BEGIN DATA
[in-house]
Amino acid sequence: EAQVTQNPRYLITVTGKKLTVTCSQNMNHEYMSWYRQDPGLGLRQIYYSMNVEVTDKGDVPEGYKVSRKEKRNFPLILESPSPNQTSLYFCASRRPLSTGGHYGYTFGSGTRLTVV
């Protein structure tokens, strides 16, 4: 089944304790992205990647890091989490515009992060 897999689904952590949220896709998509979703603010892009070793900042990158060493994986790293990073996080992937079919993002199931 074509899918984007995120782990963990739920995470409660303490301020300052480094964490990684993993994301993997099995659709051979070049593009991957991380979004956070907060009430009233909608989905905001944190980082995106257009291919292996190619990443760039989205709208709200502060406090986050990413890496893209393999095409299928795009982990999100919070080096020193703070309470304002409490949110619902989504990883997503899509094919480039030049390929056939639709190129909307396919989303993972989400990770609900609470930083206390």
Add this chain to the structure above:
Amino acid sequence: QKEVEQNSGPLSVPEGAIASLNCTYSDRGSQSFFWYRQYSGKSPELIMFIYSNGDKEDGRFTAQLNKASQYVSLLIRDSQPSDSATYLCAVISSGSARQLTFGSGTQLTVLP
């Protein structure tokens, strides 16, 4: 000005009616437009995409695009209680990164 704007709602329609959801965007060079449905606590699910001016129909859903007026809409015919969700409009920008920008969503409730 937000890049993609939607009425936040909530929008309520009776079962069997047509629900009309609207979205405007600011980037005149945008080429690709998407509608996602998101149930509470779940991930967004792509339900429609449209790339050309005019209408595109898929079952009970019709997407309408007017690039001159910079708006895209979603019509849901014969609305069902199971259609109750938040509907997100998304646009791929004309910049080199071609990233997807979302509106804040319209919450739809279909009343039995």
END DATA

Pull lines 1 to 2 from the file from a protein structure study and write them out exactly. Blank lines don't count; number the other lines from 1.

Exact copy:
[in-house]
Amino acid sequence: EAQVTQNPRYLITVTGKKLTVTCSQNMNHEYMSWYRQDPGLGLRQIYYSMNVEVTDKGDVPEGYKVSRKEKRNFPLILESPSPNQTSLYFCASRRPLSTGGHYGYTFGSGTRLTVV